Classic RKO Pictures On BBC iPlayer | Recommended Film Of The Week

Paul Ridd looks at the wealth of classic films recently added to the BBC streaming service

The Picturehouse Team

27 May 20

With cinema-going rather on hold for the time being, and certain larger subscription streaming services offering limited options for older films, international or classic cinema, the likes of MUBI and BFI Player are busy doing the Lord's work at this moment in time, supplying a steady stream of quality films for homebound cinephiles. 

Step into the fray BBC iPlayer, traditionally the catch-up home for content that has recently played on the BBC's various television channels. The service has just added a treasure trove of classic films originally produced by RKO Pictures, one of the Big Five studios of Hollywood's golden age.  Vintage titles are all available now and guaranteed to be on the service for at least a year. 

Log in to the iPlayer and go to the 'Silver Screen Classics' strand to find the likes of sublime Fred Astaire and Ginger Rogers musicals Top Hat (1935) and The Gay Divorcee (1934), canonically vital monster movies King Kong (1933) and Jacques Tourneur's Cat People (1942), iconic John Ford westerns She Wore A Yellow Ribbon (1949) and For Apache (1948), and suspense thrillers Suspicion (1941) from Alfred Hitchcock and Angel Face (1952) from Otto Preminger.  To say nothing of one of the greatest films ever made, Orson Welles' The Magnificent Ambersons (1942).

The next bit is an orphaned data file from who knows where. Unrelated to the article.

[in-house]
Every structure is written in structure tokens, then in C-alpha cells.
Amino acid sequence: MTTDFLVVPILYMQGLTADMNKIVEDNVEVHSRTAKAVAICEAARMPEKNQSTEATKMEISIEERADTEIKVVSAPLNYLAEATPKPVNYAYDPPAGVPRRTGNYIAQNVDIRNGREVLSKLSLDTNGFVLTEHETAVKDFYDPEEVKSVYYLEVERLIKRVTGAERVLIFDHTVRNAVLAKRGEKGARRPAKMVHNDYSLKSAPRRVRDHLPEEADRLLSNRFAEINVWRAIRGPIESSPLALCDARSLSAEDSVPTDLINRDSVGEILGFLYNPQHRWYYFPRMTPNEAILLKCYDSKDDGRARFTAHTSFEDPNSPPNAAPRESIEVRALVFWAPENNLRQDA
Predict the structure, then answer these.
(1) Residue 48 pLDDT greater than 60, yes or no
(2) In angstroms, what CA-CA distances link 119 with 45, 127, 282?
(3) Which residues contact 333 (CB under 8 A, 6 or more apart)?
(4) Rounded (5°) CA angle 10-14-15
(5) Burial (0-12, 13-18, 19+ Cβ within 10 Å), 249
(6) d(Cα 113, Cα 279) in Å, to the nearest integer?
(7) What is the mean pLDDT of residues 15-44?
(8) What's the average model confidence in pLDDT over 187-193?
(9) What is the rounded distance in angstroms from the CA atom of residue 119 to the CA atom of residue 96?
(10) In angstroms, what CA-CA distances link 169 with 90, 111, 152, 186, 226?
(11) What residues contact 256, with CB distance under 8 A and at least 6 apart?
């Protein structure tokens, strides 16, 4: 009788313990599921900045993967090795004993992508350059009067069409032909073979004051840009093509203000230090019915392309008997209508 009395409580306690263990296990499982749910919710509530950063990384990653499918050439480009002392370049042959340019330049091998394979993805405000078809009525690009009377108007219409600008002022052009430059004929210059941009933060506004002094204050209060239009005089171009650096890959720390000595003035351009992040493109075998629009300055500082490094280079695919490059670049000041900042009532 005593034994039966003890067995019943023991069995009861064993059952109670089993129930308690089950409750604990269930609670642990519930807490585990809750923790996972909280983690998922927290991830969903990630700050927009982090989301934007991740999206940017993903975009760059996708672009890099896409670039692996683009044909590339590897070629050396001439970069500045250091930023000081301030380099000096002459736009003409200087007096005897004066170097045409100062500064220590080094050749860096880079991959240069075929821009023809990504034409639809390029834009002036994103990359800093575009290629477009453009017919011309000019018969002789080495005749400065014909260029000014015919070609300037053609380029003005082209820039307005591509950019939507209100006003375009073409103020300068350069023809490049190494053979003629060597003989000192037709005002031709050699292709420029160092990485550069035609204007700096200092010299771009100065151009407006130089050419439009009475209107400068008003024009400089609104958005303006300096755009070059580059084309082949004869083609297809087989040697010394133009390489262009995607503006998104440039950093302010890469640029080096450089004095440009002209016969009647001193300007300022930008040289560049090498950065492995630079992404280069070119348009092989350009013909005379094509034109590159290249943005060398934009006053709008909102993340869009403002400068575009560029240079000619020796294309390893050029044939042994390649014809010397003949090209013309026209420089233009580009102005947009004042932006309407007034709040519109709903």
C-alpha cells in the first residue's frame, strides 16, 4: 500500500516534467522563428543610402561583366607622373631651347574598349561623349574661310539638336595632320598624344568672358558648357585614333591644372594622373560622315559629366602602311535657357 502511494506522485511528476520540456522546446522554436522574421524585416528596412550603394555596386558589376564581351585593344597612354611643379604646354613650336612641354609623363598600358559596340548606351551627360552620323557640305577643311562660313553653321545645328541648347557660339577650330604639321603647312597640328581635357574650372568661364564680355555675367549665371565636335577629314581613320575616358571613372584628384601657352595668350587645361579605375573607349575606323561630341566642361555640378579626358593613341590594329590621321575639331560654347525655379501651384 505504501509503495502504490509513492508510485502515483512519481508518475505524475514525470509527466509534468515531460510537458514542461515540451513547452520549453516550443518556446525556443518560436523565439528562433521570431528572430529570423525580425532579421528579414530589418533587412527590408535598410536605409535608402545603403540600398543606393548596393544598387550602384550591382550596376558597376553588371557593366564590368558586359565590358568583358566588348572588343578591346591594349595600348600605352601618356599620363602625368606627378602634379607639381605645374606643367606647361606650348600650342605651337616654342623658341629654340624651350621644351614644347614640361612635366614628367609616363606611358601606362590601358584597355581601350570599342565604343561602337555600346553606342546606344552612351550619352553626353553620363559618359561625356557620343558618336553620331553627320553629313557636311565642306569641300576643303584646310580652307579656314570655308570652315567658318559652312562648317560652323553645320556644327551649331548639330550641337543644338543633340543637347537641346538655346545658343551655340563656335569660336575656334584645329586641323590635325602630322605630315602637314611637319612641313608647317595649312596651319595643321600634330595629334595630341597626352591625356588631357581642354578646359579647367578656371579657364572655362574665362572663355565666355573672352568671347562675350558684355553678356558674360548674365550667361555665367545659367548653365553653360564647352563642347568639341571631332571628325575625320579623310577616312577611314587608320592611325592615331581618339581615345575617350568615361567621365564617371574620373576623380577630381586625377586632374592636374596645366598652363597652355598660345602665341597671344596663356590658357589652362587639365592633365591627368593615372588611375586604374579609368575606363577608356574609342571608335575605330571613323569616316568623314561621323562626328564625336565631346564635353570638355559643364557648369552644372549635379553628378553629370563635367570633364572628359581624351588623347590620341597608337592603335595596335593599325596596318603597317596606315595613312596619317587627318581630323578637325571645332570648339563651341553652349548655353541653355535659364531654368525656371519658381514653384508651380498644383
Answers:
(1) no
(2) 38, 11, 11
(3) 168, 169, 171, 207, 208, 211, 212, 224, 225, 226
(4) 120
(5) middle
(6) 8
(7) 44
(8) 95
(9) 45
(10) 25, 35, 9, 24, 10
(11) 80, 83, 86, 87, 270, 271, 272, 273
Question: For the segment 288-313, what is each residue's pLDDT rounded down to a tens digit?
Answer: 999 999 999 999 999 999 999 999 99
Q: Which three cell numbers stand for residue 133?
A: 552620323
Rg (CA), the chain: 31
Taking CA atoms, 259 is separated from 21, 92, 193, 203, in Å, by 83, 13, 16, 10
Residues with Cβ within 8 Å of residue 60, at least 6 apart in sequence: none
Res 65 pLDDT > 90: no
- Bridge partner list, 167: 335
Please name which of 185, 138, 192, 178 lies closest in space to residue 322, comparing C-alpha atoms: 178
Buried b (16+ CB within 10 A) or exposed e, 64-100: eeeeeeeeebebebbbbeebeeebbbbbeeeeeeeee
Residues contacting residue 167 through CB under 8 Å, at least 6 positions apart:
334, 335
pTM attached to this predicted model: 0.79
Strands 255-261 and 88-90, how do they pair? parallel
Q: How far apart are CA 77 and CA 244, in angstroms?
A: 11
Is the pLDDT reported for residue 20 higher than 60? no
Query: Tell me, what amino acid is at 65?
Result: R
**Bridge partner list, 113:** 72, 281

But perhaps the greatest of the bunch, and the easiest escape from these uncertain times is Howard Hawks' 1938 screwball classic Bringing Up Baby.  A classic comedy starring Cary Grant as an eccentric palaeontologist on the cusp of entering a loveless marriage, the film propels Grant into a series of increasingly disastrous situations in which a larger than life  heiress, played with sheer glee by Katharine Hepburn, keeps finding new ways to make his life hell, her domesticated tiger 'Baby' in tow. 

Here is a film alive with comic potential at every moment, full of zingily rat-a-tat dialogue, hilarious set pieces and delightfully excruciating comedy of embarrassment.  Like the tiger and various supporting animals featured in the film, at the film's core is an anarchic, untameable zest for life.  Witnessing two of the greatest actors of classical Hollywood bounce off one another and continually fall over, jump back up again and make even greater fools of themselves is one of the purest cinematic pleasures one can imagine.

Bringing Up Baby is a guaranteed high with good humoured humanity and heart at its centre.  If you haven't seen it, watch immediately, then when you're done, have fun exploring the many other gems the strand has to offer.  You won't regret it. 

Browse the full line up on BBC iPlayer here.